With regard to the second tier of the test, 138 incorrect responses for the first problem and 175 for the second problem were analyzed for themes. The first theme of naïve beliefs regarding the air movement problem indicated that participants believed there is a direct relation between high levels of CO2 and expiration, causing a need to inhale O2. The highest frequency (n = 69) of responses fell into this category. The second theme involved the role of the diaphragm in regulating the volume of the thoracic cavity, with a frequency of 50 responses falling into this category. In this theme, participants typically confused the contraction and relaxation of the diaphragm and the subsequent movement of air out of the body. The third theme focused on volume and pressure inside and outside the lungs. The responses indicated that participants struggled with applying Boyle's law correctly. A total of 15 responses fell into this category. Finally, a small frequency of responses (n = 4) showed participants confusing expulsion of air with gas exchange at alveolar level. Please refer to Tables 3 and 4 for examples from the raw data.
With regard to the paralysis problem, the most frequent theme related to the role of muscles in breathing. The highest number (n = 69) of responses indicated that participants were confused about muscle movement during inhalation and exhalation and henced interpreted exhalation as an active process. Second, the responses indicated naïve beliefs about nerve pathways in the body. Participants believed that muscles and nerves work independently (n = 65). The third theme indicated that participants did not understand the anatomy and physiology of the respiratory pathway, believing that the nose works independently from the rest of this pathway (n = 22). Finally, some responses indicated that participants cling to everyday explanations that are unscientific (n = 19).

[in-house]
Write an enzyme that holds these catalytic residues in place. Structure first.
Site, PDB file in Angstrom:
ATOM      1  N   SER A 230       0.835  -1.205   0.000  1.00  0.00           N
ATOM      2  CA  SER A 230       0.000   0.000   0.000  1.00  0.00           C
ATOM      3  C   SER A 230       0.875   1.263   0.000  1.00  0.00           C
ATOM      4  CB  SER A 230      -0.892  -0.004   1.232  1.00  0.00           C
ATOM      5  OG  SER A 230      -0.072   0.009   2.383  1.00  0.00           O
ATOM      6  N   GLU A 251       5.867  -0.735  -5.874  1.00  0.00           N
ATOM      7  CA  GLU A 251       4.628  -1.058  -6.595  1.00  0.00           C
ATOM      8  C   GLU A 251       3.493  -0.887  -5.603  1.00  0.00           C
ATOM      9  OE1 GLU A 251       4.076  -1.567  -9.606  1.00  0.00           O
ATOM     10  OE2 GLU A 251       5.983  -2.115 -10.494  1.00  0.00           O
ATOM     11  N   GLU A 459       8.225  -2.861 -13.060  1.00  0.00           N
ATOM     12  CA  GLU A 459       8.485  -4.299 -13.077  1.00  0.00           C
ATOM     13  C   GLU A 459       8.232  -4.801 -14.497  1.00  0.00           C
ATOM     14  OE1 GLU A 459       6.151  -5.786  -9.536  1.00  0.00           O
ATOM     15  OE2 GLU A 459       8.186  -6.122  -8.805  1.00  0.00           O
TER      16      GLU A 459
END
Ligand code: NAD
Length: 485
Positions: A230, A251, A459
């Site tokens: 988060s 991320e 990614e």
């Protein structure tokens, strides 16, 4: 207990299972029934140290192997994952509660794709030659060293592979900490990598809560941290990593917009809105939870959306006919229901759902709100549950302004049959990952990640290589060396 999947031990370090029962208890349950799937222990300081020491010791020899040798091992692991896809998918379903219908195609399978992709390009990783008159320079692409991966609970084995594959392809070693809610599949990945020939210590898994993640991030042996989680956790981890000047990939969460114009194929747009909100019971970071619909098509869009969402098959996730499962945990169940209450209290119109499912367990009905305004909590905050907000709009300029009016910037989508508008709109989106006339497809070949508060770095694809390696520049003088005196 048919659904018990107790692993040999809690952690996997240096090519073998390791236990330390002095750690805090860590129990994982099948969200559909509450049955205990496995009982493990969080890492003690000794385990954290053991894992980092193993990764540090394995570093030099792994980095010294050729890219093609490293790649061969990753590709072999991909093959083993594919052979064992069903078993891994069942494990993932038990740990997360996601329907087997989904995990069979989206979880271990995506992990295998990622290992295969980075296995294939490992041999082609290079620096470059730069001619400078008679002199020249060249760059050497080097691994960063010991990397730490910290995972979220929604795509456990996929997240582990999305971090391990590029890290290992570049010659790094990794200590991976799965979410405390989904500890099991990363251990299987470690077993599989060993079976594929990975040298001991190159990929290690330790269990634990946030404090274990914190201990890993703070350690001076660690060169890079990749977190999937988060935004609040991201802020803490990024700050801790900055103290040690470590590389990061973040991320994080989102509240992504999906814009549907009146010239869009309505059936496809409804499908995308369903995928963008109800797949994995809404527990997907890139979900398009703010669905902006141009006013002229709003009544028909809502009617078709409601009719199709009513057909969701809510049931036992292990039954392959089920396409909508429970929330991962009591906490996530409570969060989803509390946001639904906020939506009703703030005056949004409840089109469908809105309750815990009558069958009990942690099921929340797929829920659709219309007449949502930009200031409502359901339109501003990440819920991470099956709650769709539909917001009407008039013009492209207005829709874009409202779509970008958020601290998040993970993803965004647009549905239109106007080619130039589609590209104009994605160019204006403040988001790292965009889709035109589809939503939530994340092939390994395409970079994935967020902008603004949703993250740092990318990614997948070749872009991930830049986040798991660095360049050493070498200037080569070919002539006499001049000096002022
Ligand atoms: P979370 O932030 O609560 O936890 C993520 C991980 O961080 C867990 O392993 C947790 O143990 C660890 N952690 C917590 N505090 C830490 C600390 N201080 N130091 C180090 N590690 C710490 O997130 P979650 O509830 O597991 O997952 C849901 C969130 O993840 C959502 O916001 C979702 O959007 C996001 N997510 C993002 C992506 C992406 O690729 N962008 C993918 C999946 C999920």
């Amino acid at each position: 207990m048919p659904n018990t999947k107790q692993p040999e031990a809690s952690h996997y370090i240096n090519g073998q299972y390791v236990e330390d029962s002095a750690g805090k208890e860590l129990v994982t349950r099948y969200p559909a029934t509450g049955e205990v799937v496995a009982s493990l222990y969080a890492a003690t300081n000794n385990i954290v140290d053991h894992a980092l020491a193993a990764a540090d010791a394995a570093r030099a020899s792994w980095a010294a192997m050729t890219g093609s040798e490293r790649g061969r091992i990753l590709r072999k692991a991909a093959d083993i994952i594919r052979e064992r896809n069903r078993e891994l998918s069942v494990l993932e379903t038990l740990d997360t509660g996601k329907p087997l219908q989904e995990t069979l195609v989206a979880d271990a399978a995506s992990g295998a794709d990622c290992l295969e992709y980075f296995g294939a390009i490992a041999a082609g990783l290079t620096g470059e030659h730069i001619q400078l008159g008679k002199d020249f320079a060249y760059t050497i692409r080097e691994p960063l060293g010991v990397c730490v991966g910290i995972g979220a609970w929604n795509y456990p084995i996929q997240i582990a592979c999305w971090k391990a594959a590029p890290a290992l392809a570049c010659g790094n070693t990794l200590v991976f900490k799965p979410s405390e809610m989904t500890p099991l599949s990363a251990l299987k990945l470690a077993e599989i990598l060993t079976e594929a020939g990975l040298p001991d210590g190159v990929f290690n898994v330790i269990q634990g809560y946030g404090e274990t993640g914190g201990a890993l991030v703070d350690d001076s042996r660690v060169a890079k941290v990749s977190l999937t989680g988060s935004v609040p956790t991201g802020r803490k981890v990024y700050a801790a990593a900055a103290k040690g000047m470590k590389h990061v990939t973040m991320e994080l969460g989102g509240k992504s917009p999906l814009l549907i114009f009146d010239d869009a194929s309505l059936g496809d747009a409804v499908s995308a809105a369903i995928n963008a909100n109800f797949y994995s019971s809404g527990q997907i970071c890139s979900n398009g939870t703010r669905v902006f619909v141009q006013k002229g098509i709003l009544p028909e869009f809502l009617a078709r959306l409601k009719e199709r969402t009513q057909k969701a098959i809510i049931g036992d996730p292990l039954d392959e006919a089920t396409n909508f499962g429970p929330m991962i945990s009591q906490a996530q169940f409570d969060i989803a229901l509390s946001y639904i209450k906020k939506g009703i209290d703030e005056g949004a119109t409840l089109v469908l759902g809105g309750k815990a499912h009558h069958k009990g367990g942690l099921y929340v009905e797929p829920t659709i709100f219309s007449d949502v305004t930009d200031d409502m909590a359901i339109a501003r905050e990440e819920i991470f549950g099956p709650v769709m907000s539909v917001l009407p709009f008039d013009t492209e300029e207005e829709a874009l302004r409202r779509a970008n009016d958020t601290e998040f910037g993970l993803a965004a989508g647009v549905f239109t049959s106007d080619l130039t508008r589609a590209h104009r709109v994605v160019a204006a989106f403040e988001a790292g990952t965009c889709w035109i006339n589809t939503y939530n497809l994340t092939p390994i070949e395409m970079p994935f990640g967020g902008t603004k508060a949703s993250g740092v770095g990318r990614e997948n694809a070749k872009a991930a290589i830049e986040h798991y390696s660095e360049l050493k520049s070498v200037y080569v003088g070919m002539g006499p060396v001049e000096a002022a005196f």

The present study set out to explore the nature and extent of novices' naïve beliefs about the respiratory system, specifically with regard to predicting respiratory processes related to inhalation and exhalation. The researchers hypothesized that such naïve beliefs could hamper students' ability to perform coherent causal reasoning. To test this hypothesis, we administered a two-tier test to novices on their arrival at medical school to investigate the scope of naïve beliefs related to the respiratory process, with a specific focus on exploring students' reasoning processes when applying foundational knowledge to explain a clinical complication. Although we anticipated that the complex nature of the breathing process would uncover some naïve beliefs, the results revealed more naive beliefs than expected. For both problems, the majority of participants selected incorrect answers in the first tier (multiple choice) of the questionnaire. This, in itself, is not necessarily proof that naïve beliefs exist. Results from the thematic analysis (second tier), however, revealed a considerable range of naïve beliefs about gas exchange, foundational physics concerning concentration and airflow, the role of the diaphragm, the physiological pathway related to breathing, and the difference between active and inactive breathing.